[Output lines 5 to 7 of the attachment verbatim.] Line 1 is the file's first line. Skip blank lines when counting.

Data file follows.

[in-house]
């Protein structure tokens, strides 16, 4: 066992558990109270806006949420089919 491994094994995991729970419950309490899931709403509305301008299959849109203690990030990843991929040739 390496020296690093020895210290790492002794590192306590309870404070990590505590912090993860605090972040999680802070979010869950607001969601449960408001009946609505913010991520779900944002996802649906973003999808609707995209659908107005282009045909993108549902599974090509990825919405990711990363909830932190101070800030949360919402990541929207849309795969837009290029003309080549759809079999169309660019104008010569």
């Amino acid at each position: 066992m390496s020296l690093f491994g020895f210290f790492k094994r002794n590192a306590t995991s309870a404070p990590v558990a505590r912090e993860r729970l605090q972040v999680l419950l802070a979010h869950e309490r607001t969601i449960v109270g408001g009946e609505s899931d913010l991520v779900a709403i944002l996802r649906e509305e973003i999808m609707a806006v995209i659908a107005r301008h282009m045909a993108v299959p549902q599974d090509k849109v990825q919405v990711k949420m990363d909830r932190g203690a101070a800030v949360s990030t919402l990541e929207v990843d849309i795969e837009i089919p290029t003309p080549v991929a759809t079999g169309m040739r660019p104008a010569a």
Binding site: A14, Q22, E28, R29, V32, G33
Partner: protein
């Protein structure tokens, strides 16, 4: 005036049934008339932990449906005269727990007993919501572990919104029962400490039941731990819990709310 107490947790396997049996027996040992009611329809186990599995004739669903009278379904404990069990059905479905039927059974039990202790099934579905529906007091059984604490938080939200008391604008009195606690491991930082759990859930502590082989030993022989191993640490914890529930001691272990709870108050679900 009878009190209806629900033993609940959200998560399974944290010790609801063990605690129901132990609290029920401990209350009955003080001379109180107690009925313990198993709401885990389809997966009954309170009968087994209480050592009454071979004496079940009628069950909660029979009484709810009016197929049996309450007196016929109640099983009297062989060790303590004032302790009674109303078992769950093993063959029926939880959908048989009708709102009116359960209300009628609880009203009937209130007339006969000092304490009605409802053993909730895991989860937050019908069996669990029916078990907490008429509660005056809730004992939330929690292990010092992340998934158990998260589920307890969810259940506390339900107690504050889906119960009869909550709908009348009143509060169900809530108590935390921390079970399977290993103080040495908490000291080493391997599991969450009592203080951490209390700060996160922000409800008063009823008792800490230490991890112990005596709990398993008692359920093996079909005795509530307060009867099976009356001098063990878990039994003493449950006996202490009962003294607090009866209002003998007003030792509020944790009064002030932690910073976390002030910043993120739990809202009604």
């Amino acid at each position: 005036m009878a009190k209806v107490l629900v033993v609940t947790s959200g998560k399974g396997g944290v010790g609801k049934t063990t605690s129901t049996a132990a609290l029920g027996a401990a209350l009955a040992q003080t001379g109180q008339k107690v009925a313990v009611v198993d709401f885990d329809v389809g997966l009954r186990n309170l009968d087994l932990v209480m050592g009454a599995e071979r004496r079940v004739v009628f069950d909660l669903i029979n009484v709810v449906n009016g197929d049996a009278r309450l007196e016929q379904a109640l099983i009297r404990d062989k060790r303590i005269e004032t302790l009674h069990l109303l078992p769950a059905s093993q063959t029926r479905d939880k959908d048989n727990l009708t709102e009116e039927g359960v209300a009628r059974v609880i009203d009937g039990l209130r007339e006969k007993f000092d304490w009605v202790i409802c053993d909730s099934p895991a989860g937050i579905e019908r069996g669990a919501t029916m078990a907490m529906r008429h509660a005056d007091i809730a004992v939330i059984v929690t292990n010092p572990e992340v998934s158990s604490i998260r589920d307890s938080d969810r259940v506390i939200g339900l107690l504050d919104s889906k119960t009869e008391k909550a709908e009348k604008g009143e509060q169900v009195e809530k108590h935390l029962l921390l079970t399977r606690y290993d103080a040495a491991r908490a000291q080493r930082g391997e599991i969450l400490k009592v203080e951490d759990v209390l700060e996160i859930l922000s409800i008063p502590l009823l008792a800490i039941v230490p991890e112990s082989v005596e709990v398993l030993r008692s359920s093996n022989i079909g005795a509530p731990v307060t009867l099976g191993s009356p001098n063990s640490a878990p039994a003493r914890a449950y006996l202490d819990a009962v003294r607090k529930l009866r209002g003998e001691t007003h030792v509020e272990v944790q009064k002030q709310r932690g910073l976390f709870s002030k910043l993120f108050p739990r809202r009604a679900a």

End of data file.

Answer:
Partner: protein
């Protein structure tokens, strides 16, 4: 005036049934008339932990449906005269727990007993919501572990919104029962400490039941731990819990709310 107490947790396997049996027996040992009611329809186990599995004739669903009278379904404990069990059905479905039927059974039990202790099934579905529906007091059984604490938080939200008391604008009195606690491991930082759990859930502590082989030993022989191993640490914890529930001691272990709870108050679900 009878009190209806629900033993609940959200998560399974944290010790609801063990605690129901132990609290029920401990209350009955003080001379109180107690009925313990198993709401885990389809997966009954309170009968087994209480050592009454071979004496079940009628069950909660029979009484709810009016197929049996309450007196016929109640099983009297062989060790303590004032302790009674109303078992769950093993063959029926939880959908048989009708709102009116359960209300009628609880009203009937209130007339006969000092304490009605409802053993909730895991989860937050019908069996669990029916078990907490008429509660005056809730004992939330929690292990010092992340998934158990998260589920307890969810259940506390339900107690504050889906119960009869909550709908009348009143509060169900809530108590935390921390079970399977290993103080040495908490000291080493391997599991969450009592203080951490209390700060996160922000409800008063009823008792800490230490991890112990005596709990398993008692359920093996079909005795509530307060009867099976009356001098063990878990039994003493449950006996202490009962003294607090009866209002003998007003030792509020944790009064002030932690910073976390002030910043993120739990809202009604």
């Amino acid at each position: 005036m009878a009190k209806v107490l629900v033993v609940t947790s959200g998560k399974g396997g944290v010790g609801k049934t063990t605690s129901t049996a132990a609290l029920g027996a401990a209350l009955a040992q003080t001379g109180q008339k107690v009925a313990v009611v198993d709401f885990d329809v389809g997966l009954r186990n309170l009968d087994l932990v209480m050592g009454a599995e071979r004496r079940v004739v009628f069950d909660l669903i029979n009484v709810v449906n009016g197929d049996a009278r309450l007196e016929q379904a109640l099983i009297r404990d062989k060790r303590i005269e004032t302790l009674h069990l109303l078992p769950a059905s093993q063959t029926r479905d939880k959908d048989n727990l009708t709102e009116e039927g359960v209300a009628r059974v609880i009203d009937g039990l209130r007339e006969k007993f000092d304490w009605v202790i409802c053993d909730s099934p895991a989860g937050i579905e019908r069996g669990a919501t029916m078990a907490m529906r008429h509660a005056d007091i809730a004992v939330i059984v929690t292990n010092p572990e992340v998934s158990s604490i998260r589920d307890s938080d969810r259940v506390i939200g339900l107690l504050d919104s889906k119960t009869e008391k909550a709908e009348k604008g009143e509060q169900v009195e809530k108590h935390l029962l921390l079970t399977r606690y290993d103080a040495a491991r908490a000291q080493r930082g391997e599991i969450l400490k009592v203080e951490d759990v209390l700060e996160i859930l922000s409800i008063p502590l009823l008792a800490i039941v230490p991890e112990s082989v005596e709990v398993l030993r008692s359920s093996n022989i079909g005795a509530p731990v307060t009867l099976g191993s009356p001098n063990s640490a878990p039994a003493r914890a449950y006996l202490d819990a009962v003294r607090k529930l009866r209002g003998e001691t007003h030792v509020e272990v944790q009064k002030q709310r932690g910073l976390f709870s002030k910043l993120f108050p739990r809202r009604a679900a």